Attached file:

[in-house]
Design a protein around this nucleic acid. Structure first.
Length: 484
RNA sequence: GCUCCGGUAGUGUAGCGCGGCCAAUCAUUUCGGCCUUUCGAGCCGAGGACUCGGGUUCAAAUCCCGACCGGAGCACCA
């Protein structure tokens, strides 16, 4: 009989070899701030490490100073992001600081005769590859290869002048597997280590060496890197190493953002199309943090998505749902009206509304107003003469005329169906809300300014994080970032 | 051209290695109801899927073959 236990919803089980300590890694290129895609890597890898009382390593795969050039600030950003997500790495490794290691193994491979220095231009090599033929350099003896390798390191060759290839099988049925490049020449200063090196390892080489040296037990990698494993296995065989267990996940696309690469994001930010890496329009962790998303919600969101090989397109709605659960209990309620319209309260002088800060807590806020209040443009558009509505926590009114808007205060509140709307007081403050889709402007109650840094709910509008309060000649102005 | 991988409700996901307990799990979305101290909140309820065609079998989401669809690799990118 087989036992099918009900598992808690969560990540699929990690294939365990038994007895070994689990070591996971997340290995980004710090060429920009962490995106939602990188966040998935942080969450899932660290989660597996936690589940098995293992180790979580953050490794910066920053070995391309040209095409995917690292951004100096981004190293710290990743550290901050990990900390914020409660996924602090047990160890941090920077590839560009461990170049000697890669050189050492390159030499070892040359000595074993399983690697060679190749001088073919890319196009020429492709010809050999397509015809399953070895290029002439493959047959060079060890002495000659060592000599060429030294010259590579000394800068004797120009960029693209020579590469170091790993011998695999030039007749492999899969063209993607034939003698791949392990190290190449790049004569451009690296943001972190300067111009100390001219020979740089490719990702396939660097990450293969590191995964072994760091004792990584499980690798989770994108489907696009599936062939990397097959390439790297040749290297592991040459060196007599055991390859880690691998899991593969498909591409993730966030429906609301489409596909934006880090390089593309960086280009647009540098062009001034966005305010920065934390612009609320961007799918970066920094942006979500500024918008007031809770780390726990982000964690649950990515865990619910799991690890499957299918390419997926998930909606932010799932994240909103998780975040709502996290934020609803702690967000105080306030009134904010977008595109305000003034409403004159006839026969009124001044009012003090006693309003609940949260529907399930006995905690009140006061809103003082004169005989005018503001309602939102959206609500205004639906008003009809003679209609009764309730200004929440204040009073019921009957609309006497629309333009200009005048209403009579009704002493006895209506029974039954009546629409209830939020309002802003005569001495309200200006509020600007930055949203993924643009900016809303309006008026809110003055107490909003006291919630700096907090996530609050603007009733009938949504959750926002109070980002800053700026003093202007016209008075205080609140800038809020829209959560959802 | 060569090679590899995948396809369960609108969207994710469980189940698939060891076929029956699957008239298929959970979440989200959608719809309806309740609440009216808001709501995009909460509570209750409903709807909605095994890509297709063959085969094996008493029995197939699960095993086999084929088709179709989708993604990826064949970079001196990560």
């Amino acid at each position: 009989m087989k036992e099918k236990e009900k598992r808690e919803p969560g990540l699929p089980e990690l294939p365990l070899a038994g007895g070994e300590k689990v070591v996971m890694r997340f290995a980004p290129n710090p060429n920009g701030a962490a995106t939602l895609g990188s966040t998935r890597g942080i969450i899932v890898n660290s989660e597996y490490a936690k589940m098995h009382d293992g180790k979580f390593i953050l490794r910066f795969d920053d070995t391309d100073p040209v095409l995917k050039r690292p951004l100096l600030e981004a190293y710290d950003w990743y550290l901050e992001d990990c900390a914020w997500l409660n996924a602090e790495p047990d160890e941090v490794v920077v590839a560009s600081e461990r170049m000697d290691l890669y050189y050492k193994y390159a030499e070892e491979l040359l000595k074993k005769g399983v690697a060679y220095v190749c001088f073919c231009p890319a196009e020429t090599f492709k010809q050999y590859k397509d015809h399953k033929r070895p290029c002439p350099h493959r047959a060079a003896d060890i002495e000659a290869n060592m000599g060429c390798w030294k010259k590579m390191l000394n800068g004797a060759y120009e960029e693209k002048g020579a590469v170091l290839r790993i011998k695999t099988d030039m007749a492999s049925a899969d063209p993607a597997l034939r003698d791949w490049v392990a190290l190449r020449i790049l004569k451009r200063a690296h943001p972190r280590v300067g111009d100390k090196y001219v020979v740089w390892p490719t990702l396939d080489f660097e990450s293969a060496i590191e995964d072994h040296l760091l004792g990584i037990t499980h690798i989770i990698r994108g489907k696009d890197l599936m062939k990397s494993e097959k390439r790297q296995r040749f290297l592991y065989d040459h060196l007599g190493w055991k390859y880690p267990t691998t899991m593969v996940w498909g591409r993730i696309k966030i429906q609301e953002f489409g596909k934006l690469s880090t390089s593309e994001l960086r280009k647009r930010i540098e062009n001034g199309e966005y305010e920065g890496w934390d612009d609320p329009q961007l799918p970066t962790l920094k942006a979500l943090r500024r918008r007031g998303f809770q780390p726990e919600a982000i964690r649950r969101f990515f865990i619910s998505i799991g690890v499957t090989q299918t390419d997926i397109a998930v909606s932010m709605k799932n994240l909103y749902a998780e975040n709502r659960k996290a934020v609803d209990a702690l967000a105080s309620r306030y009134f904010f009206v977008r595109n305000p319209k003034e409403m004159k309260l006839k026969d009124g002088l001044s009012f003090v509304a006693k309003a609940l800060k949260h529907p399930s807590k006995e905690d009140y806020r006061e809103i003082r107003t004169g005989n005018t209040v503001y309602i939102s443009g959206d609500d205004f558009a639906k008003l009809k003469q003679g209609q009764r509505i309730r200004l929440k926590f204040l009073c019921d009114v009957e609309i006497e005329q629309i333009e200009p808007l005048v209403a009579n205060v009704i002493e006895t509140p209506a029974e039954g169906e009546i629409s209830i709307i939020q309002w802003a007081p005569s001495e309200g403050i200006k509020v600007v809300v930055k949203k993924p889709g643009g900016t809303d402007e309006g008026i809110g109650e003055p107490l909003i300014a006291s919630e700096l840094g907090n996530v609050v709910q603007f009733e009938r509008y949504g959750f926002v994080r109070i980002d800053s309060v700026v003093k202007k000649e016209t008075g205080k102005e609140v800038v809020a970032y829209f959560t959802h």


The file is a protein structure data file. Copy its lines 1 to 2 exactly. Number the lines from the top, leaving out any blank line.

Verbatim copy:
[in-house]
Design a protein around this nucleic acid. Structure first.